Recognize me? That's my photo they put in the little "passport" that comes with your admission.
In an unassuming neighborhood near Metro Taganskaya (purple line/7) is the Cold War Museum. The address is 11, 5th Kotelnicheskiy. But even knowing that, you are apt to have trouble finding it.
You really do need to know where you are going.
Seriously. This entrance is sort of tucked around a corner. There is no sign. Just the red star, which, yes, is large. But, trust me. You could miss it.
You have to book a tour. You can't just drop by.
Then you go down 18 flights of stairs. It's a L*O*N*G way down.
Everything is pretty much as it was when the facility was abandoned. It was never intended for use by Party VIPs or the general public (although other bunkers were). This bunker was designed and used as a communications center.
Here is the first check point. Just because you may have worked here did not mean you had access to the entire bunker.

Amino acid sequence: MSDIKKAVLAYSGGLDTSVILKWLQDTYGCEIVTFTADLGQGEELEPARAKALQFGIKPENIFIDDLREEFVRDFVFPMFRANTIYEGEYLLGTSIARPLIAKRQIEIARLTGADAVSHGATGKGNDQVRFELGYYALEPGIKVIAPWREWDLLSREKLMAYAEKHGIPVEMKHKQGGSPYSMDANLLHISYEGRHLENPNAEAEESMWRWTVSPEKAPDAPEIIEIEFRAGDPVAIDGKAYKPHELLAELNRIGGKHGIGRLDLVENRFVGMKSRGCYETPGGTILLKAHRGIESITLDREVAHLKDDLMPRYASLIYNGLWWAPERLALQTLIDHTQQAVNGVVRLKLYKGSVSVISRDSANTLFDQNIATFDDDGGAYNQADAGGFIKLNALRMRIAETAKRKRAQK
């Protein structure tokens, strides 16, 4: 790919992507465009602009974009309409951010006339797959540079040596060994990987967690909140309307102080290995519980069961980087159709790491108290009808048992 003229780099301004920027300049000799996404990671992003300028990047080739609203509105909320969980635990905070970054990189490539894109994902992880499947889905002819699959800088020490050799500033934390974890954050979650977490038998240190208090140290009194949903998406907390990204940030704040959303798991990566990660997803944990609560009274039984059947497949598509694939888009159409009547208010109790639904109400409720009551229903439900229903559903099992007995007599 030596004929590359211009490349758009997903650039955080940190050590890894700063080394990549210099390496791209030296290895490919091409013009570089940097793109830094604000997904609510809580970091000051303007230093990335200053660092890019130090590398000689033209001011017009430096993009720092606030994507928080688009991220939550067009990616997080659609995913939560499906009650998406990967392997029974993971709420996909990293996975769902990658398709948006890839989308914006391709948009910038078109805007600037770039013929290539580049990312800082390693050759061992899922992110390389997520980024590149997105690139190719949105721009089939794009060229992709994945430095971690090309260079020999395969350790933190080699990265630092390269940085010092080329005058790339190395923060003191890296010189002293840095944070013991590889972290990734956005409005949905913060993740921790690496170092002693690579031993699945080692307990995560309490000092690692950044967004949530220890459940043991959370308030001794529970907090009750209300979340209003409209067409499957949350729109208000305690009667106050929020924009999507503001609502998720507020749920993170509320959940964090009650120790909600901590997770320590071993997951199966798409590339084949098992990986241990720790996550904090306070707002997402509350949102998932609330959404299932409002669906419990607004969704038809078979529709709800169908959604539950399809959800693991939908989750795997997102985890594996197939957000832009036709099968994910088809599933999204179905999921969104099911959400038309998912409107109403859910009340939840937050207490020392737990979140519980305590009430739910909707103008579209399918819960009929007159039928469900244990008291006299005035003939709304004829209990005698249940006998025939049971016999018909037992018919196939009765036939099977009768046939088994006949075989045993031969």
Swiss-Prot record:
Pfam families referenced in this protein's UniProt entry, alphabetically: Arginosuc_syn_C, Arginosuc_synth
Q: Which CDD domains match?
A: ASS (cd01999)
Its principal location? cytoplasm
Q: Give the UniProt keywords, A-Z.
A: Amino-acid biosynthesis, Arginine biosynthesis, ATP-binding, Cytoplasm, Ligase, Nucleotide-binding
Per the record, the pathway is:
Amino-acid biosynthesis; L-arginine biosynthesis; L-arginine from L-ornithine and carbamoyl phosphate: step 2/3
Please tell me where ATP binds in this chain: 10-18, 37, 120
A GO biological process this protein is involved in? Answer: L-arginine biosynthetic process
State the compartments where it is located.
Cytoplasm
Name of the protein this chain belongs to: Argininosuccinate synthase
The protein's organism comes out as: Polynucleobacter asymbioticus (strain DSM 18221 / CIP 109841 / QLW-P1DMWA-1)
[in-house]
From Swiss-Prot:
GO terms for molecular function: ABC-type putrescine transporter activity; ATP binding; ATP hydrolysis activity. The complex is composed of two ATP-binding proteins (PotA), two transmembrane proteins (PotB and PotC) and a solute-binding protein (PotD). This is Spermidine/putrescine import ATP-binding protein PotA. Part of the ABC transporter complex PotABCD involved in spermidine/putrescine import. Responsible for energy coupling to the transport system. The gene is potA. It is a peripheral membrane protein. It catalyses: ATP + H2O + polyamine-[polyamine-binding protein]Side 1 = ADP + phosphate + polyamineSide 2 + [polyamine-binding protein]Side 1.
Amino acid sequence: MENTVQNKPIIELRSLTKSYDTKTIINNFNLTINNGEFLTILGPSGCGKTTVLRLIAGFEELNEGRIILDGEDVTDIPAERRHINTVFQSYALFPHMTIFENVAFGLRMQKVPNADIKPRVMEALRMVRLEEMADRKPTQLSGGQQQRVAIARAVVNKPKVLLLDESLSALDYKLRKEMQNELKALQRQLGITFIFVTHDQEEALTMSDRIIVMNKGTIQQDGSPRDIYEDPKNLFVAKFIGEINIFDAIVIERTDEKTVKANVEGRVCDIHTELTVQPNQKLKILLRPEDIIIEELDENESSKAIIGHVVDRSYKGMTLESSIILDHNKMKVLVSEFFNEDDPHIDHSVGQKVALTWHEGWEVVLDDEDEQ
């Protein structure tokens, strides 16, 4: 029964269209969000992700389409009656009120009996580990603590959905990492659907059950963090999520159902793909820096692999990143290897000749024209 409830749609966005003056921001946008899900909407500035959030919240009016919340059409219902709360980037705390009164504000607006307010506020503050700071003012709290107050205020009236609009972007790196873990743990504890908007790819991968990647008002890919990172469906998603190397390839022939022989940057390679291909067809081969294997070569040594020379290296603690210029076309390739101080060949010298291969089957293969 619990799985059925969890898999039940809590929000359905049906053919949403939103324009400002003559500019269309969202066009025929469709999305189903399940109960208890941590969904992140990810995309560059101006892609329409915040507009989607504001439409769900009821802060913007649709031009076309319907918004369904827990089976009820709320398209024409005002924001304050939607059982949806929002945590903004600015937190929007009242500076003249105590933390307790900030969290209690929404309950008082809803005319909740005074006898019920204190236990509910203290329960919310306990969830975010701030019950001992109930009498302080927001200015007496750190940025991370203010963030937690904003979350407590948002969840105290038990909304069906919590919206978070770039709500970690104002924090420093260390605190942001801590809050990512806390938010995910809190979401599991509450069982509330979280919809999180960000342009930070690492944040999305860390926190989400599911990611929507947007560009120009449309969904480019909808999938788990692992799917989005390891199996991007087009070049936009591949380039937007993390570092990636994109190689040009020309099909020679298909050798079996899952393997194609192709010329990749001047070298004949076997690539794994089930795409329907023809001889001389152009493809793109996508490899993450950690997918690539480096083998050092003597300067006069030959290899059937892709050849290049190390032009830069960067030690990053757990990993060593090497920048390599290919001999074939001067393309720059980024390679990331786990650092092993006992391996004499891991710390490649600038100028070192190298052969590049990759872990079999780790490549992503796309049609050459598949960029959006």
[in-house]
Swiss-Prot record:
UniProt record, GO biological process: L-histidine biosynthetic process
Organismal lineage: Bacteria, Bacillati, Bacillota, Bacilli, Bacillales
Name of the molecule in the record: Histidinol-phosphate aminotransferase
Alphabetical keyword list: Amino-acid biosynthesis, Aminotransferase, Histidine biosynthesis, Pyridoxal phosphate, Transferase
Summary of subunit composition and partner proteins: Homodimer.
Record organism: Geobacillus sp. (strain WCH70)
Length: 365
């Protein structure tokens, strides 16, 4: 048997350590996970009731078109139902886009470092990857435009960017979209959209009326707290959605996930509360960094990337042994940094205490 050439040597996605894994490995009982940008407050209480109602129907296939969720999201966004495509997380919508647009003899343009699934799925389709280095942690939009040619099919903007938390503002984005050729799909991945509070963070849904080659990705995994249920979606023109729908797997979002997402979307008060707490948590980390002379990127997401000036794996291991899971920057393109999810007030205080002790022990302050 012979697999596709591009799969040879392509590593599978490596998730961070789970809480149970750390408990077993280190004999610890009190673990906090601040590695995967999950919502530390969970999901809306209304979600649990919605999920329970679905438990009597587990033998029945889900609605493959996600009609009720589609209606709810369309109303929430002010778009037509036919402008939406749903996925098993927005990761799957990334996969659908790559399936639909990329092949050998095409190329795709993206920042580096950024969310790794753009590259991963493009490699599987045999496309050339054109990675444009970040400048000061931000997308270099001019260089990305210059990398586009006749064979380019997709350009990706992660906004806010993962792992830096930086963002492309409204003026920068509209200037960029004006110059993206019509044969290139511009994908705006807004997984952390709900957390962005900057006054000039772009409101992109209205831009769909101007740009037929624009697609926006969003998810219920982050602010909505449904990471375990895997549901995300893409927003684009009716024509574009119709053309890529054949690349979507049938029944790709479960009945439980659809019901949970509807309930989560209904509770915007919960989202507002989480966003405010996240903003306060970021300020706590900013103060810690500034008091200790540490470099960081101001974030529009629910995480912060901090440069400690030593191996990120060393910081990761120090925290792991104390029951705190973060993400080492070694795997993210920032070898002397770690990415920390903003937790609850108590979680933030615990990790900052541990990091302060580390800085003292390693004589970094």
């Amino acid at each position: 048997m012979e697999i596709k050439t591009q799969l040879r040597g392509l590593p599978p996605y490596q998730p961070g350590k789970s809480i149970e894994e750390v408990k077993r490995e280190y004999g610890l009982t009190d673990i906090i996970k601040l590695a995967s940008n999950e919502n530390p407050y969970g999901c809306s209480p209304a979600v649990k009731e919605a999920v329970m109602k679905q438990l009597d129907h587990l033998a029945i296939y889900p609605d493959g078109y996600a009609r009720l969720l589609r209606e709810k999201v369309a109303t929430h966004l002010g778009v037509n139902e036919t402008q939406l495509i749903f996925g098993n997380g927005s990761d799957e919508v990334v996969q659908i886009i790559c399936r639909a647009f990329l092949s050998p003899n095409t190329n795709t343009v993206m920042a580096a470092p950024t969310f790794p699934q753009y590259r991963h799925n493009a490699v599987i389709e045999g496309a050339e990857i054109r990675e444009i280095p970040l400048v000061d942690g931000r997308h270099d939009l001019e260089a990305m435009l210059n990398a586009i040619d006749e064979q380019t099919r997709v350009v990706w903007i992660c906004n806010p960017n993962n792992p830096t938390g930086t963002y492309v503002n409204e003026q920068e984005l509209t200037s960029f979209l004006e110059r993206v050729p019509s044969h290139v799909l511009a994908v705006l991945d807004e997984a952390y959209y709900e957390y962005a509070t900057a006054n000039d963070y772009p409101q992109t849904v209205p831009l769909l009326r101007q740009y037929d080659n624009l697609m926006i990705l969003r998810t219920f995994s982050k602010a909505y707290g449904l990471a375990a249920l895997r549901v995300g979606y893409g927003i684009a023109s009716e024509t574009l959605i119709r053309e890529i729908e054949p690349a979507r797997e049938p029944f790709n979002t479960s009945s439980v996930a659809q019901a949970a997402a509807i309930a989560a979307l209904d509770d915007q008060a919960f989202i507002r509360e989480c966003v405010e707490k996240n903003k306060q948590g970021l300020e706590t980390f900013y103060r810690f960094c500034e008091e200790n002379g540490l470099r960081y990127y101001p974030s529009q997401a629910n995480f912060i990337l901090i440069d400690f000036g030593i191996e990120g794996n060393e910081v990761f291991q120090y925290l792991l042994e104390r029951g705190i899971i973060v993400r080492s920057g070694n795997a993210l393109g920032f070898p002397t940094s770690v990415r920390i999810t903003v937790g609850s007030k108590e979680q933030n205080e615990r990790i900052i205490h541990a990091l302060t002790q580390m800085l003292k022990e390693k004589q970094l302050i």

Here our guide shows us a model of the entire facility. The yellow building I showed above is a fake apartment building. It had lights on timers so that the neighbors would think it was a normal residential building. But it was only there to cover the entrance to the bunker.
We got to play with a lot of original artifacts from the era. Is this what you call "the Red Menace"?
And the guide showed us machines for encrypting messages.
Tunnels like this one connected with the nearby metro line and at night, after the Metro was closed to the public, supplies could be transferred to the bunker and moved along on rails.
We could feel the Metro trains as they went by.
It's a very interesting tour and worth doing if only to be reminded of the horrors of the nuclear arms race.
I have more photos posted on the blog Facebook page.
For more information:
The Cold War Museum